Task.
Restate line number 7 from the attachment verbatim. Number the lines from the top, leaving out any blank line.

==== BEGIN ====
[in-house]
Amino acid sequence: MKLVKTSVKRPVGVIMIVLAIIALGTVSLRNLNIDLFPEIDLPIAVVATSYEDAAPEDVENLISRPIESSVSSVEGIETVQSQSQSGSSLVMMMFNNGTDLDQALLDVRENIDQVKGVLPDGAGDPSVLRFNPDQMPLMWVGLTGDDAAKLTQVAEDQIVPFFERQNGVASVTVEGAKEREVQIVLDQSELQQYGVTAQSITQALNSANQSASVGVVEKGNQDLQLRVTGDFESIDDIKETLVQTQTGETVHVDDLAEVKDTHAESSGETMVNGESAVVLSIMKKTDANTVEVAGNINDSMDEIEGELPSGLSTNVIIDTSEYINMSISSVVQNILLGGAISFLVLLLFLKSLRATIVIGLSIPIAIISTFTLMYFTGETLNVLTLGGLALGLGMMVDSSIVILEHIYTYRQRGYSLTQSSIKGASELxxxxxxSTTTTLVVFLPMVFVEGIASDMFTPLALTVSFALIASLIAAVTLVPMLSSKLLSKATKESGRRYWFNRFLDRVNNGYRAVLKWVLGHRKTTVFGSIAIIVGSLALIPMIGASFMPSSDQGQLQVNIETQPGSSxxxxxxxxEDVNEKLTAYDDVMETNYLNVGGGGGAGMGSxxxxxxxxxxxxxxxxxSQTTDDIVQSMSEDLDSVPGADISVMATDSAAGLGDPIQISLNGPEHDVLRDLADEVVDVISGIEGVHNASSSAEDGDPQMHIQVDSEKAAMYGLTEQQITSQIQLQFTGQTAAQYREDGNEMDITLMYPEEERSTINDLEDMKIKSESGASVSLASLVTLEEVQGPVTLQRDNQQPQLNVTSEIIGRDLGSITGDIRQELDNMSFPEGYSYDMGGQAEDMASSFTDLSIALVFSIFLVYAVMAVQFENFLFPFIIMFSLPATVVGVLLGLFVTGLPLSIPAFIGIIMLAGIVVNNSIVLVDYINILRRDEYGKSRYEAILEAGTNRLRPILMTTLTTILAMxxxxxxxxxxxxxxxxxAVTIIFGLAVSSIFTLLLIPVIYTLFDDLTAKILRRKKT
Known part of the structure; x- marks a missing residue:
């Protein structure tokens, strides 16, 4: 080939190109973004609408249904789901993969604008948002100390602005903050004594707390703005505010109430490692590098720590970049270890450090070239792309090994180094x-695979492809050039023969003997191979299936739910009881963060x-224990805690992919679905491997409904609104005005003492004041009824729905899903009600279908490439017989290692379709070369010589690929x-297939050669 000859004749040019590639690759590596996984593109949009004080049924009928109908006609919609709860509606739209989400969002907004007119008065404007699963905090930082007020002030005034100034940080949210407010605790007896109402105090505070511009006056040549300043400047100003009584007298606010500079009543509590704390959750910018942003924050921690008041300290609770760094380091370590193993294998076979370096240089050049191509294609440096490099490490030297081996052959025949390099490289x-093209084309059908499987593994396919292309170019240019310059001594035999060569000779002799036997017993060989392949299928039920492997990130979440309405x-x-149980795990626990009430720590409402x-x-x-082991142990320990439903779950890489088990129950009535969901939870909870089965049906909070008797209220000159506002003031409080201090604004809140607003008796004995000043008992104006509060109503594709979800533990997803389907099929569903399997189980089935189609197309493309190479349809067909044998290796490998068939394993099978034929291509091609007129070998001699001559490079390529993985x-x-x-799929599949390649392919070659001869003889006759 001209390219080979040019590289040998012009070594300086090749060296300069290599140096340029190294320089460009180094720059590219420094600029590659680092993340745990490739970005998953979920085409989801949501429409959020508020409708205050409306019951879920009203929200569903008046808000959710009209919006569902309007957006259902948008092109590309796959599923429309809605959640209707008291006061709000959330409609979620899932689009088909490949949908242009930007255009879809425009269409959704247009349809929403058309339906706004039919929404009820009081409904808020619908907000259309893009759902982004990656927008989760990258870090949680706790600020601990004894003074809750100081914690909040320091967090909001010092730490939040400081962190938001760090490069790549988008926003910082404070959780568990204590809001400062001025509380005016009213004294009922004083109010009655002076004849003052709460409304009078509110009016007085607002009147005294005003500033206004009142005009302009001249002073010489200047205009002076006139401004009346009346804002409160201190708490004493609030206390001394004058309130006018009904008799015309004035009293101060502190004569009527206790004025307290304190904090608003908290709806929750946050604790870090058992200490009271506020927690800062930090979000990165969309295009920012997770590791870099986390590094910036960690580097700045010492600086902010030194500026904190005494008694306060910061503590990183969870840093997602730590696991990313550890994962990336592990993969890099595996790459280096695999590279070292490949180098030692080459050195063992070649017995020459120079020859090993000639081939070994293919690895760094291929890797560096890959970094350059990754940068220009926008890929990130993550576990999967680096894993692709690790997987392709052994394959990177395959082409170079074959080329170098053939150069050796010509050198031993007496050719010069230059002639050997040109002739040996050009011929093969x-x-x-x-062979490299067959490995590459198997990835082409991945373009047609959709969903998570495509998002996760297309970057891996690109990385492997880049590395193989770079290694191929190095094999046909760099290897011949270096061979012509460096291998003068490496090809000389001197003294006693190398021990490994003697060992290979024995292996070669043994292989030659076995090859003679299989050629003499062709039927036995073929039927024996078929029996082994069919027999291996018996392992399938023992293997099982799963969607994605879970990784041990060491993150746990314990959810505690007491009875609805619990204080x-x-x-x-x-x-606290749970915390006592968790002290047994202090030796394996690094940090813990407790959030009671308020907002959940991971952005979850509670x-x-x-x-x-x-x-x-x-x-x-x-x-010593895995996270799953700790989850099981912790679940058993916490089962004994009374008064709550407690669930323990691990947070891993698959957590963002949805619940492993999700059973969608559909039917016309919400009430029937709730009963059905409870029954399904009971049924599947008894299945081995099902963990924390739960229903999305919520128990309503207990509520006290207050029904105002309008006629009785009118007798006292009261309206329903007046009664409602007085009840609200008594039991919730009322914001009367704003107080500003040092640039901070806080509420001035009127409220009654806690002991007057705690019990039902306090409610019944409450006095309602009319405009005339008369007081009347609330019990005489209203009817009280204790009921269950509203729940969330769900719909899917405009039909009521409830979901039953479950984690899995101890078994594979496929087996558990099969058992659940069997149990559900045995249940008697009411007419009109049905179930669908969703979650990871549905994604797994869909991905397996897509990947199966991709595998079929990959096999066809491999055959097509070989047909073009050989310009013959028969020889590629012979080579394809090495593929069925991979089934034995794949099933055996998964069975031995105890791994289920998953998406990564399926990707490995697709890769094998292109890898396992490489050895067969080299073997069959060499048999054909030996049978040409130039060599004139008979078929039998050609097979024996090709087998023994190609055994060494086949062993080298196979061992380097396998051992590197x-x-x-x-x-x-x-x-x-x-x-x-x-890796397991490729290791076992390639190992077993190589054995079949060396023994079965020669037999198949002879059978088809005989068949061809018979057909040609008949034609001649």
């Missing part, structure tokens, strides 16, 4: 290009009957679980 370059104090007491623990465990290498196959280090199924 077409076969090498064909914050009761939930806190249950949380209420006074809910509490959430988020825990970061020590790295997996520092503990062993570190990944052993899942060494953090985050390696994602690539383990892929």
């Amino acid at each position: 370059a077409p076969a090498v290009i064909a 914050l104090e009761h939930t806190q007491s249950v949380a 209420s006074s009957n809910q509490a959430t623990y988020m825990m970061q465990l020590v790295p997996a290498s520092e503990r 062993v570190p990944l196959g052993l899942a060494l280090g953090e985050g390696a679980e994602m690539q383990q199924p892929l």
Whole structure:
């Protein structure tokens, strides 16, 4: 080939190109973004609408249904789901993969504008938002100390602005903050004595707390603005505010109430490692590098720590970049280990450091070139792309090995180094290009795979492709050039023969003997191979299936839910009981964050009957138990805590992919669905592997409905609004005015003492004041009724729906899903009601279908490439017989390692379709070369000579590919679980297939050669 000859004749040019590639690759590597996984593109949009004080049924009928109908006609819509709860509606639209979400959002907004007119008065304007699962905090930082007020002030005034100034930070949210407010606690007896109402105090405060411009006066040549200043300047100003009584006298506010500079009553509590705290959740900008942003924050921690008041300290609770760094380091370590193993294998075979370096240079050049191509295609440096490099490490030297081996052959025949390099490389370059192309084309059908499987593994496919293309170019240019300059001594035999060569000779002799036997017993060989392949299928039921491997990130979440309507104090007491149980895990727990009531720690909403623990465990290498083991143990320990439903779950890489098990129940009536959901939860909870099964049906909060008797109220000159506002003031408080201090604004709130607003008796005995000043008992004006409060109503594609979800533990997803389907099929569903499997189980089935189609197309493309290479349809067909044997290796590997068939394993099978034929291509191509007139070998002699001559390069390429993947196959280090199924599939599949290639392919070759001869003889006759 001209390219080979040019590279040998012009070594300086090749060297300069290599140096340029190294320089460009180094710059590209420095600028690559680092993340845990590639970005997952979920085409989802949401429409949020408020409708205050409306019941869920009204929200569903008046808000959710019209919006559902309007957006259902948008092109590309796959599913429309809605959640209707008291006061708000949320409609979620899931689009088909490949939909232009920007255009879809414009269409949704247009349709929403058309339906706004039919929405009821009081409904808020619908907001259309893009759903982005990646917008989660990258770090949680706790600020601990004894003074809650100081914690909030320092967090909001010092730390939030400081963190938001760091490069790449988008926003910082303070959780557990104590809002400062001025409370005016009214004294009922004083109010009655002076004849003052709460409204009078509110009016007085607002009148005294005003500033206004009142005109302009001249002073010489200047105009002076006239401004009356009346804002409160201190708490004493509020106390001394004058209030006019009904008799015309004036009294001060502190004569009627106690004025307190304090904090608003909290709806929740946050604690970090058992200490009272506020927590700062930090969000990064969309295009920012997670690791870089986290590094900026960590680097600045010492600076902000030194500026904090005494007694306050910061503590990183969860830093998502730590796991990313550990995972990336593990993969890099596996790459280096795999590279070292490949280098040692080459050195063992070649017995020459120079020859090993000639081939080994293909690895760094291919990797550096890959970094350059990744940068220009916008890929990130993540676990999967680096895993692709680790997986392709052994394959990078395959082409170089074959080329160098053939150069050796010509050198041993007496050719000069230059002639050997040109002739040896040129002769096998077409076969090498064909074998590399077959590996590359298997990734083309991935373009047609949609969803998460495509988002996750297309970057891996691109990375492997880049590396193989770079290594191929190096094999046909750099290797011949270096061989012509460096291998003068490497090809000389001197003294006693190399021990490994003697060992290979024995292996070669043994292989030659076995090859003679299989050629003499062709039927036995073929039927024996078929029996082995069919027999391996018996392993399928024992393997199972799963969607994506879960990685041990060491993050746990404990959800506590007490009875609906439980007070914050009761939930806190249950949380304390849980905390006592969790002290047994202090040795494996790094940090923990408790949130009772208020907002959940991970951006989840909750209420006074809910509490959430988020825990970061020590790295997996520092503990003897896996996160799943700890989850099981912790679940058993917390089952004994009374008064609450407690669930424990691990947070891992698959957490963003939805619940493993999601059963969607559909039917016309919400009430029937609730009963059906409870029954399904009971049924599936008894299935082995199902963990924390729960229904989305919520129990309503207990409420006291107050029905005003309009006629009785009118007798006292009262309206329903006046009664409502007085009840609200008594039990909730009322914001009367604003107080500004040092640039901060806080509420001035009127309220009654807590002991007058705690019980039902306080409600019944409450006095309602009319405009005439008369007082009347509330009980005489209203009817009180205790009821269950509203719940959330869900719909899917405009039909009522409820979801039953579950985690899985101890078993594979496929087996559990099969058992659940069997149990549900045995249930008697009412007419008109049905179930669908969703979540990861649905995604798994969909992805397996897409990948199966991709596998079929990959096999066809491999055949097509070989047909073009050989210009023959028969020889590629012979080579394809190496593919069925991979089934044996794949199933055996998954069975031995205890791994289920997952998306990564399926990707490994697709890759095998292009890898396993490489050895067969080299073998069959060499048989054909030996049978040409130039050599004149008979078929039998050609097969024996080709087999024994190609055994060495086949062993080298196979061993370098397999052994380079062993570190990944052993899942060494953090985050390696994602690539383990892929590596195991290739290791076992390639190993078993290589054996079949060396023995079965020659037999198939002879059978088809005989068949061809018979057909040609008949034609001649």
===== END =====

Whole structure: